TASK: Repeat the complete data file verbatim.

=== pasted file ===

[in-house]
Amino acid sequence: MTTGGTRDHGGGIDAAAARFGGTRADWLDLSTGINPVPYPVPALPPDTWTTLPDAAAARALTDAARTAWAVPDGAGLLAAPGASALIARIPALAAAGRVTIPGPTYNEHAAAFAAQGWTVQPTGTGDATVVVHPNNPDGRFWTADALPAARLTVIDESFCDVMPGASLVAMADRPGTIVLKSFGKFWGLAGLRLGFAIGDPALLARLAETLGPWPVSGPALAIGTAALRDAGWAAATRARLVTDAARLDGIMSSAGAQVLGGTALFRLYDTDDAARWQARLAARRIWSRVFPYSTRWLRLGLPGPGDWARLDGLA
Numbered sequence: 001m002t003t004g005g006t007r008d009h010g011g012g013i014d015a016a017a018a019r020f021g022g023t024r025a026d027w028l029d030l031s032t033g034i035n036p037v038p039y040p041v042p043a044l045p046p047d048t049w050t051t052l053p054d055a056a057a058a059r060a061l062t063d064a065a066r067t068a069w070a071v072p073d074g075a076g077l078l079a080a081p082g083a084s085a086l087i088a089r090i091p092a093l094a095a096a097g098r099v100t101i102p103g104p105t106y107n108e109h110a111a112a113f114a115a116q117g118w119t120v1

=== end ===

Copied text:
[in-house]
Amino acid sequence: MTTGGTRDHGGGIDAAAARFGGTRADWLDLSTGINPVPYPVPALPPDTWTTLPDAAAARALTDAARTAWAVPDGAGLLAAPGASALIARIPALAAAGRVTIPGPTYNEHAAAFAAQGWTVQPTGTGDATVVVHPNNPDGRFWTADALPAARLTVIDESFCDVMPGASLVAMADRPGTIVLKSFGKFWGLAGLRLGFAIGDPALLARLAETLGPWPVSGPALAIGTAALRDAGWAAATRARLVTDAARLDGIMSSAGAQVLGGTALFRLYDTDDAARWQARLAARRIWSRVFPYSTRWLRLGLPGPGDWARLDGLA
Numbered sequence: 001m002t003t004g005g006t007r008d009h010g011g012g013i014d015a016a017a018a019r020f021g022g023t024r025a026d027w028l029d030l031s032t033g034i035n036p037v038p039y040p041v042p043a044l045p046p047d048t049w050t051t052l053p054d055a056a057a058a059r060a061l062t063d064a065a066r067t068a069w070a071v072p073d074g075a076g077l078l079a080a081p082g083a084s085a086l087i088a089r090i091p092a093l094a095a096a097g098r099v100t101i102p103g104p105t106y107n108e109h110a111a112a113f114a115a116q117g118w119t120v1